SIOUX CITY -- Woodbury County officials are looking for $12.5 million to fix the big network of rural gravel roads, and could tap selected upcoming property tax revenues tied to CF Industries over the next many years.

The Woodbury County Board of Supervisors and County Engineer Mark Nahra in a Tuesday board meeting said it would cost more than $12 million to restore gravel roads to the base thickness and condition of 30 years ago. They noted that is just the estimated cost of of the gravel, and doesn't include hauling the gravel and prepping roads to handle it.

Nahra said the county spends $1 million on gravel most years, but the needs are greater.

Supervisor Jeremy Taylor recommended the supervisors pass a non-binding motion to set a goal of using future rural property tax revenues associated with CF Industries for the gravel project. That measure passed on a 4-1 vote.

Taylor's summary said $6.8 million would come to the secondary roads fund from 2020 through 2036, based on the plant's projected valuation growth, and if the county in each future year agrees to levy rural property to the the minimum level required by the state. He based that on a 1 percent annual growth projection of the CF property valuation.

In explaining the measure, Taylor said it appears to be a foregone conclusion that future county boards will meet the required complicated element involving state funding moving to the county for use in the Secondary Roads Department.

"If we don't levy the minimum, we lose dollar for dollar, from the state," Taylor said.

Before ultimately voting for the measure, Supervisor Marty Pottebaum noted Taylor did not explain that his proposal was non-binding.

"Just to clarify, this wouldn't be binding, it would be more akin to a goal," Taylor responded.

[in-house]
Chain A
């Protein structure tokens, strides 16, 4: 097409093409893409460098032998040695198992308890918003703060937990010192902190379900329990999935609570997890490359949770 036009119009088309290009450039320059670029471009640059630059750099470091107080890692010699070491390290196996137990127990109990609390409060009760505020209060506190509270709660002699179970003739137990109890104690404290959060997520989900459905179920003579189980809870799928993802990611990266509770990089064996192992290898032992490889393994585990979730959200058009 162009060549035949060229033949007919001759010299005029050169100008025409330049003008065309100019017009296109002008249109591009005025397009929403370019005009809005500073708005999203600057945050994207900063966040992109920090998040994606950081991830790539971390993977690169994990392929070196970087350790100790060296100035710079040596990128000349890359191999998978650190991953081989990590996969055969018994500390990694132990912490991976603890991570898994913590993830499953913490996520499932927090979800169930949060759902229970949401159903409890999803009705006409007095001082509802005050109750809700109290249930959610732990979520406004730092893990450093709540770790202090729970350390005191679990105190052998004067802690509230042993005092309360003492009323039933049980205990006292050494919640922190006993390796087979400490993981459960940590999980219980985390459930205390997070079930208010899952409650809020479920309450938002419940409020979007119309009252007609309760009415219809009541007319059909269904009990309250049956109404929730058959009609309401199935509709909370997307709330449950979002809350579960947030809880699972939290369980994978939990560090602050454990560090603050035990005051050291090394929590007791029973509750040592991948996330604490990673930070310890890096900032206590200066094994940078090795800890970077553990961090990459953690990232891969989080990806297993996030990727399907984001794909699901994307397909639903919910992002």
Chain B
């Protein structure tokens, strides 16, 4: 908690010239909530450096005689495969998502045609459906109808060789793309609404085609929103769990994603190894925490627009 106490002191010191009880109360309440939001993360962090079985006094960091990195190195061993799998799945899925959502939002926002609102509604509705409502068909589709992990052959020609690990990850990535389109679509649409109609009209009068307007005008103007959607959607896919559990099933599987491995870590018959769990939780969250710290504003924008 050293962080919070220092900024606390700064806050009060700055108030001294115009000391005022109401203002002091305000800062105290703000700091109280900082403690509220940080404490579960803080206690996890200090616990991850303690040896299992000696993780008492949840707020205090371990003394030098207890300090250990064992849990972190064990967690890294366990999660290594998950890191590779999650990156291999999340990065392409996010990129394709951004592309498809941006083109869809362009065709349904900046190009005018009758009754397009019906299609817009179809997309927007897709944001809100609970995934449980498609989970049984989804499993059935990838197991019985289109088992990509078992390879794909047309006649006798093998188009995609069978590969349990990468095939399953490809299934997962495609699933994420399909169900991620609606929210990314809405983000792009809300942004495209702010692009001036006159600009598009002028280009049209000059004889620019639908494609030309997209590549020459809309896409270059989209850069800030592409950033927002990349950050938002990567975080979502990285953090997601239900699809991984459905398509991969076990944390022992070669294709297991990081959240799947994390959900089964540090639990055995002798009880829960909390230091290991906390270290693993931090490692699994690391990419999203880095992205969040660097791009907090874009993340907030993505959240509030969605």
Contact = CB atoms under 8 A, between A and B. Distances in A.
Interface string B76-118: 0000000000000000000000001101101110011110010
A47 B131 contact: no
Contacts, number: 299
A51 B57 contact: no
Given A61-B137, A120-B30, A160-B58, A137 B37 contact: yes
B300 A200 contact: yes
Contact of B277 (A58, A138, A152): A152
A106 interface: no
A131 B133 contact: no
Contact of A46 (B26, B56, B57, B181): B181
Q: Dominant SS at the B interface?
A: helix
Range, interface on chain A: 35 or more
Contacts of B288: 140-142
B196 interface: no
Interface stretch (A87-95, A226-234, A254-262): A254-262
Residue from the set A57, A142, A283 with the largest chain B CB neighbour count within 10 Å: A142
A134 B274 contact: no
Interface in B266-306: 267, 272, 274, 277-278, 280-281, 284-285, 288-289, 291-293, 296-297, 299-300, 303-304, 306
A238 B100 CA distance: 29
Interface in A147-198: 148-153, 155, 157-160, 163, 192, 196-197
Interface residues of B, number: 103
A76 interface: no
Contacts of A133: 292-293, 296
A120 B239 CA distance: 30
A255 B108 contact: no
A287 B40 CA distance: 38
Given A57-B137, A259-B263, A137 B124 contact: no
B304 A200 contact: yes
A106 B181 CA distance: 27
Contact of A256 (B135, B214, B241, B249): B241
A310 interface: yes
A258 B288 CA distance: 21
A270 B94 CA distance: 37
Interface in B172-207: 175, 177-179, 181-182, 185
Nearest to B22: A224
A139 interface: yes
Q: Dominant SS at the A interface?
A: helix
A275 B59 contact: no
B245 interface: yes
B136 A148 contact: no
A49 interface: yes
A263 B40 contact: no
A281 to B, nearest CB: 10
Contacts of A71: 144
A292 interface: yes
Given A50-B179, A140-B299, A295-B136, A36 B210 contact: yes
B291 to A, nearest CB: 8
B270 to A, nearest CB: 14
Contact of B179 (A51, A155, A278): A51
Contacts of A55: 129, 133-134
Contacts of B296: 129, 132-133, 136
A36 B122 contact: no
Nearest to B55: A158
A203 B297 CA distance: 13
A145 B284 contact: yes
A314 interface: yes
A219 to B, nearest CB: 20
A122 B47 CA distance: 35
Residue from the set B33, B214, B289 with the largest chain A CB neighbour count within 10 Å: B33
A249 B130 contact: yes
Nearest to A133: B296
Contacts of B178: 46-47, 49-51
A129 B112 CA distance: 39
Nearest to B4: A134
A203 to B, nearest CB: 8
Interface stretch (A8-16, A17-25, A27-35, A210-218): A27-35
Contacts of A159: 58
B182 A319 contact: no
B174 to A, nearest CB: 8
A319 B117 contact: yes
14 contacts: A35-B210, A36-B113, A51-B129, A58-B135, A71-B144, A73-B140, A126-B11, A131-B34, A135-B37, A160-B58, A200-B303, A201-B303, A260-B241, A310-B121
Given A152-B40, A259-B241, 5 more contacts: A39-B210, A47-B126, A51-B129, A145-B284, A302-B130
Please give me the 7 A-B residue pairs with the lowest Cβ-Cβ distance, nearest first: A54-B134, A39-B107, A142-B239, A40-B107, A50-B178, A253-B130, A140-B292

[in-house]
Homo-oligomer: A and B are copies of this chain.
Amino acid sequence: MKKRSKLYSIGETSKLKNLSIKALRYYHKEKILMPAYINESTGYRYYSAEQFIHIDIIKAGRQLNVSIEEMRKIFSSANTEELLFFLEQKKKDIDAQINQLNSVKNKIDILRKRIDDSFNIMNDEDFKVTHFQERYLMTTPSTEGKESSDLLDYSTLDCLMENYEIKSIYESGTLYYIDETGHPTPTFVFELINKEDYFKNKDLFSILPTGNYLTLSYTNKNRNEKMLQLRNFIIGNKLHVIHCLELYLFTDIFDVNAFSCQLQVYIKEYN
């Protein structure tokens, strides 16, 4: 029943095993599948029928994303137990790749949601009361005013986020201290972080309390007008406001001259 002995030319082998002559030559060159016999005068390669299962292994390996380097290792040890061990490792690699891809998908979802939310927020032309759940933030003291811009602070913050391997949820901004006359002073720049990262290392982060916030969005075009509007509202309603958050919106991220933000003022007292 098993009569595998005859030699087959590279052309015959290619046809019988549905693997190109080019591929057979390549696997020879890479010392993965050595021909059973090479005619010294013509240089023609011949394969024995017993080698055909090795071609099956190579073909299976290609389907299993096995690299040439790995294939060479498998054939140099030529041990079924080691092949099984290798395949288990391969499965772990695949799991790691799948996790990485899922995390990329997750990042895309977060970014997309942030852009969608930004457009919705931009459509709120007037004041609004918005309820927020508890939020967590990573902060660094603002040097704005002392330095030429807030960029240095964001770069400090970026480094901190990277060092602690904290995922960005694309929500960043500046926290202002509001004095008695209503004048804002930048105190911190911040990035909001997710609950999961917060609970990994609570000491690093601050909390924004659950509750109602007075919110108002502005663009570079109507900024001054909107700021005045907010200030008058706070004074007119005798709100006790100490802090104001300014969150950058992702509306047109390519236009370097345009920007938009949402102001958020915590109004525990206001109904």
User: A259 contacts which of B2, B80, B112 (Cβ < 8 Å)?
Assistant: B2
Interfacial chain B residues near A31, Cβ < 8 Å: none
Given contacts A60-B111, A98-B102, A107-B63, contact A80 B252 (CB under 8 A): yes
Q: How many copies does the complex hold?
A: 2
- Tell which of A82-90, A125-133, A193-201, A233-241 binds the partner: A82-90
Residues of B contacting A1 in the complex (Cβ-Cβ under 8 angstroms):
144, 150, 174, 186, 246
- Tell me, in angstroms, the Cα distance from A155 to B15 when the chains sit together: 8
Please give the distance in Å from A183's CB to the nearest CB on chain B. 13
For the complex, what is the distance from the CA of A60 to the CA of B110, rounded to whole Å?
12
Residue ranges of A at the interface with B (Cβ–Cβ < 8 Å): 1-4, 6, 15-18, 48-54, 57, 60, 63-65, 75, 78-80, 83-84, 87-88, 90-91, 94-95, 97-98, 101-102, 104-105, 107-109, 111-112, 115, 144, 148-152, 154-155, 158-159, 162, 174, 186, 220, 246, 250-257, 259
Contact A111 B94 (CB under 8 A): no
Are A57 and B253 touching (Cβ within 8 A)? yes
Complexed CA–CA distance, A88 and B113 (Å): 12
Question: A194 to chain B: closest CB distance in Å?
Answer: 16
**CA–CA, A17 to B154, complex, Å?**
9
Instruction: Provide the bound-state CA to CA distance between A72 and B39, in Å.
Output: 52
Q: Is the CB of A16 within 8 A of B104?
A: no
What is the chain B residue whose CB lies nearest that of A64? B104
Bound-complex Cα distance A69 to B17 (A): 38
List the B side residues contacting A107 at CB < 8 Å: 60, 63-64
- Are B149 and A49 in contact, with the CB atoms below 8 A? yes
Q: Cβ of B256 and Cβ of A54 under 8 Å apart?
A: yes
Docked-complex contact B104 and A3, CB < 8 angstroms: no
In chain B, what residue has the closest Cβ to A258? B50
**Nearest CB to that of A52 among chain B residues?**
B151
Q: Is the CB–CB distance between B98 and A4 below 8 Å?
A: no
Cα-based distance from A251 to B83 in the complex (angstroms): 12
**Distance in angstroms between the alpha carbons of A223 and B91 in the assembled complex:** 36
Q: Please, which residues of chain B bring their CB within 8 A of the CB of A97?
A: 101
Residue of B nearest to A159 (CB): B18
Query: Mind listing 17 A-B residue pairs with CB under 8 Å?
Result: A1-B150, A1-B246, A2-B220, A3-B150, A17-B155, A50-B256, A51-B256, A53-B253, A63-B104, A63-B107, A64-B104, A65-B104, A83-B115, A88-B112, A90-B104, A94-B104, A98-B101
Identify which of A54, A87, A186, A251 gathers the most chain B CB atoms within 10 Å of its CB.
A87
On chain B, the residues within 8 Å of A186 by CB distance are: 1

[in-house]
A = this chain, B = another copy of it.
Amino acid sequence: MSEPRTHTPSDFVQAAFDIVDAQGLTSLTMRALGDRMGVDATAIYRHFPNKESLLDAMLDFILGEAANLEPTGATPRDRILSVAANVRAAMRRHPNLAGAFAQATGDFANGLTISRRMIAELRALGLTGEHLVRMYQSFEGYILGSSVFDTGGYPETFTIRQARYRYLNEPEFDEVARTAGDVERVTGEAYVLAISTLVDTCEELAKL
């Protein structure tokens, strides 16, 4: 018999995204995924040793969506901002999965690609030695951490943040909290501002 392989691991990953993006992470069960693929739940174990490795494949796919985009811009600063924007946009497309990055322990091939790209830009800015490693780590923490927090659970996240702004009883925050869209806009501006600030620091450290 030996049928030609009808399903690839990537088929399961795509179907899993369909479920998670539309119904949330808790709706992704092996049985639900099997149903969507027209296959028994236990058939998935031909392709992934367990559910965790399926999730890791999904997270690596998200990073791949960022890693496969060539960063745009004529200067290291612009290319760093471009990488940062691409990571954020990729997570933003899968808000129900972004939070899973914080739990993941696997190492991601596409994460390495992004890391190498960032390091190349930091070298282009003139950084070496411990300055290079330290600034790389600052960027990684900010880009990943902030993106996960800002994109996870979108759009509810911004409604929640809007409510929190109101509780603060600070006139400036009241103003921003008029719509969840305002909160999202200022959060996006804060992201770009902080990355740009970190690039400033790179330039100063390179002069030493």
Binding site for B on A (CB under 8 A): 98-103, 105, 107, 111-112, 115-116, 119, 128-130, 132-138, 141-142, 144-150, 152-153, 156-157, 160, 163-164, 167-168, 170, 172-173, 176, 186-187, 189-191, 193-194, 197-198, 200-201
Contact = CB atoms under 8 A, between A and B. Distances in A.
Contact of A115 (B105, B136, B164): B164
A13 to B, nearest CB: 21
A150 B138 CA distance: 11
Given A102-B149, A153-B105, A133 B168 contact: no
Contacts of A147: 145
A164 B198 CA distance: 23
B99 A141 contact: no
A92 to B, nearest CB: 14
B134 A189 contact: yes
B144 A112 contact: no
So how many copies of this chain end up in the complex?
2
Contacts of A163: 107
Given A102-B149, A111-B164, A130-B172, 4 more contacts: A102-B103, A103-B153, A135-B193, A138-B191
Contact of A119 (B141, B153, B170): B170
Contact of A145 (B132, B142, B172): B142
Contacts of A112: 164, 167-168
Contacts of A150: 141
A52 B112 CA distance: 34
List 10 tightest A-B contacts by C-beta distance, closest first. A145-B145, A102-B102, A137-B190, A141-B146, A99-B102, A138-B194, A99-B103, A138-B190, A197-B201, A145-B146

Putting the goal into action will require specific votes by the county board members as each budget is adopted every March through 2036. Pottebaum noted it is doubtful that all the current supervisors will serve that long.

"Nothing is binding, a future board could stop it," Pottebaum said.

In voting for the measure, which was neither an ordinance or resolution, Supervisor Matthew Ung said, "It is a good way to put our money where our mouth is."

In being the sole dissenting vote, Board Chairman Keith Radig said giving "verbal" assent to the proposal would be enough, without passing the motion.

CF Industries, which makes nitrogen fertilizer in a plant located south of Sioux City, in 2012 announced one of the largest capital investments in Iowa history at the time. A 2014 draft report projected the CF expansion would generate $130 million in property taxes over 20 years in Woodbury County.

In October 2015, the supervisors in a 3-2 vote passed a resolution to commit half of the new revenue from the CF Industries expansion for property tax relief. That was also non-binding resolution.

That measure also called for the county to send taxpayers a statement each year saying whether half of the money was used to lower the levy rate, offset mandated costs without increasing the levy or add to reserves.

Taylor noted that none of that larger pool of $130 million coming from CF was part of his proposal.

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